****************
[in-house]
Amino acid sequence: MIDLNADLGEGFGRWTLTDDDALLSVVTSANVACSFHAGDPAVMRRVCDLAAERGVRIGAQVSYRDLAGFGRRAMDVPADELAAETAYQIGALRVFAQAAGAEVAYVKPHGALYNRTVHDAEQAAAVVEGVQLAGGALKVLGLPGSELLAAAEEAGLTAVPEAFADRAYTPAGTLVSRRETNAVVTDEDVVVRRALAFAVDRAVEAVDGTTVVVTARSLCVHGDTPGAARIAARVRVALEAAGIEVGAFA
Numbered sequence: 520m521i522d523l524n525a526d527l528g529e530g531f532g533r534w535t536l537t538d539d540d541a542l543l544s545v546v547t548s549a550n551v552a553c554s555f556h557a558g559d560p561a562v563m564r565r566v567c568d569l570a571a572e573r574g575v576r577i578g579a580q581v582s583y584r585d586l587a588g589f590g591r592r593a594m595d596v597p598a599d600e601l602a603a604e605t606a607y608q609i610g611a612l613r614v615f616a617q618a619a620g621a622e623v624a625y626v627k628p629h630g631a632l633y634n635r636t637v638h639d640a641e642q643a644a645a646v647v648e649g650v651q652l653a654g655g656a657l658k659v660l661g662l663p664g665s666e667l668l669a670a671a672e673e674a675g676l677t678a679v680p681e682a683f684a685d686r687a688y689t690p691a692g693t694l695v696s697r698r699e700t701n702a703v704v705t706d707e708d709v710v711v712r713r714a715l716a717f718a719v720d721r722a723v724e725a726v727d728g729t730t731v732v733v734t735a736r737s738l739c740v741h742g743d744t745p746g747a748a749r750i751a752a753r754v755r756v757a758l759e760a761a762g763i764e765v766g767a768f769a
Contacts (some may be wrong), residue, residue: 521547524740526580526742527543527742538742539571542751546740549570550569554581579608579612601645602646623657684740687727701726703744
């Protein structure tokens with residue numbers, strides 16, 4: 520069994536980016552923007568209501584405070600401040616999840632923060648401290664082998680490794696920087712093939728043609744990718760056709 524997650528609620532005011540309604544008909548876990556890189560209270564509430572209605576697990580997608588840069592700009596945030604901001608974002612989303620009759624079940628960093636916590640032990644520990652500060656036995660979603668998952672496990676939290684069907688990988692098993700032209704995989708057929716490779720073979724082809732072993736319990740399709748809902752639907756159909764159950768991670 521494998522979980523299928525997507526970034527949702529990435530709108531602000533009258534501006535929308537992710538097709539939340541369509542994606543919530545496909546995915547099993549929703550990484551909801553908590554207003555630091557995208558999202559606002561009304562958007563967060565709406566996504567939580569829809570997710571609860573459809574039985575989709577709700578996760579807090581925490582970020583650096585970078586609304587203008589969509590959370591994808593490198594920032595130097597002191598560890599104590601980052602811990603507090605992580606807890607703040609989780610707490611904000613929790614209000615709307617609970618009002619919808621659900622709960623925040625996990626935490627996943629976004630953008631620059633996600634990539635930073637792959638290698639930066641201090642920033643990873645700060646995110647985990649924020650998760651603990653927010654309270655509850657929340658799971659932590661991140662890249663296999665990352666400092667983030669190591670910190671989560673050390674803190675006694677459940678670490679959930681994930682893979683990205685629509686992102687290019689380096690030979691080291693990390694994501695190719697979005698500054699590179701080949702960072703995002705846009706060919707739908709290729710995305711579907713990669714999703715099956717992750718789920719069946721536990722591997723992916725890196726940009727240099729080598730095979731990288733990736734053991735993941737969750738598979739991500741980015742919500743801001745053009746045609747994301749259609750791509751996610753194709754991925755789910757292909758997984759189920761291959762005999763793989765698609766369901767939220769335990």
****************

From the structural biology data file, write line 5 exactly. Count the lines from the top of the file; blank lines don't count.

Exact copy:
């Protein structure tokens with residue numbers, strides 16, 4: 520069994536980016552923007568209501584405070600401040616999840632923060648401290664082998680490794696920087712093939728043609744990718760056709 524997650528609620532005011540309604544008909548876990556890189560209270564509430572209605576697990580997608588840069592700009596945030604901001608974002612989303620009759624079940628960093636916590640032990644520990652500060656036995660979603668998952672496990676939290684069907688990988692098993700032209704995989708057929716490779720073979724082809732072993736319990740399709748809902752639907756159909764159950768991670 521494998522979980523299928525997507526970034527949702529990435530709108531602000533009258534501006535929308537992710538097709539939340541369509542994606543919530545496909546995915547099993549929703550990484551909801553908590554207003555630091557995208558999202559606002561009304562958007563967060565709406566996504567939580569829809570997710571609860573459809574039985575989709577709700578996760579807090581925490582970020583650096585970078586609304587203008589969509590959370591994808593490198594920032595130097597002191598560890599104590601980052602811990603507090605992580606807890607703040609989780610707490611904000613929790614209000615709307617609970618009002619919808621659900622709960623925040625996990626935490627996943629976004630953008631620059633996600634990539635930073637792959638290698639930066641201090642920033643990873645700060646995110647985990649924020650998760651603990653927010654309270655509850657929340658799971659932590661991140662890249663296999665990352666400092667983030669190591670910190671989560673050390674803190675006694677459940678670490679959930681994930682893979683990205685629509686992102687290019689380096690030979691080291693990390694994501695190719697979005698500054699590179701080949702960072703995002705846009706060919707739908709290729710995305711579907713990669714999703715099956717992750718789920719069946721536990722591997723992916725890196726940009727240099729080598730095979731990288733990736734053991735993941737969750738598979739991500741980015742919500743801001745053009746045609747994301749259609750791509751996610753194709754991925755789910757292909758997984759189920761291959762005999763793989765698609766369901767939220769335990």